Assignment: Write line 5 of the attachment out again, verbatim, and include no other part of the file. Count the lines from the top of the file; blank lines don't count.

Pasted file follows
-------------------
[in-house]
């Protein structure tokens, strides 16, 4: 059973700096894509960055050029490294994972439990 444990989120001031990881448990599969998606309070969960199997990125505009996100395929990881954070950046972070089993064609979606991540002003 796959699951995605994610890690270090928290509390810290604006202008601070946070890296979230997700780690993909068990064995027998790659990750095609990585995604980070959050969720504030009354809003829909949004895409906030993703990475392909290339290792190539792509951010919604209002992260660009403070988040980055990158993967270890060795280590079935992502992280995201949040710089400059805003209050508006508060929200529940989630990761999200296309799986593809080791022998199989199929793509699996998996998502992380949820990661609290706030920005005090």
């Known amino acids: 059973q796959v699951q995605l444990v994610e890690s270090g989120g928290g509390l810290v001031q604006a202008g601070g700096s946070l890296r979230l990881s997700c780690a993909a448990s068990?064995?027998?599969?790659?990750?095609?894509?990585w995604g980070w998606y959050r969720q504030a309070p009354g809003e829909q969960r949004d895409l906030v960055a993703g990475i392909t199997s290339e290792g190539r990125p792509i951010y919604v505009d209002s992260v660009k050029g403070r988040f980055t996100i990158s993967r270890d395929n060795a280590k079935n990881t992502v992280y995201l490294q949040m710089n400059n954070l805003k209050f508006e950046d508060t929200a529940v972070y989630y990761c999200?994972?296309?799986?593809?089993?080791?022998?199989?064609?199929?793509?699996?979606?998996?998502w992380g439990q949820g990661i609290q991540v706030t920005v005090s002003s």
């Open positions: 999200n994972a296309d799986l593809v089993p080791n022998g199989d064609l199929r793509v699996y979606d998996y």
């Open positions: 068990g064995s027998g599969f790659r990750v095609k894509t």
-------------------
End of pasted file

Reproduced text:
């Open positions: 068990g064995s027998g599969f790659r990750v095609k894509t």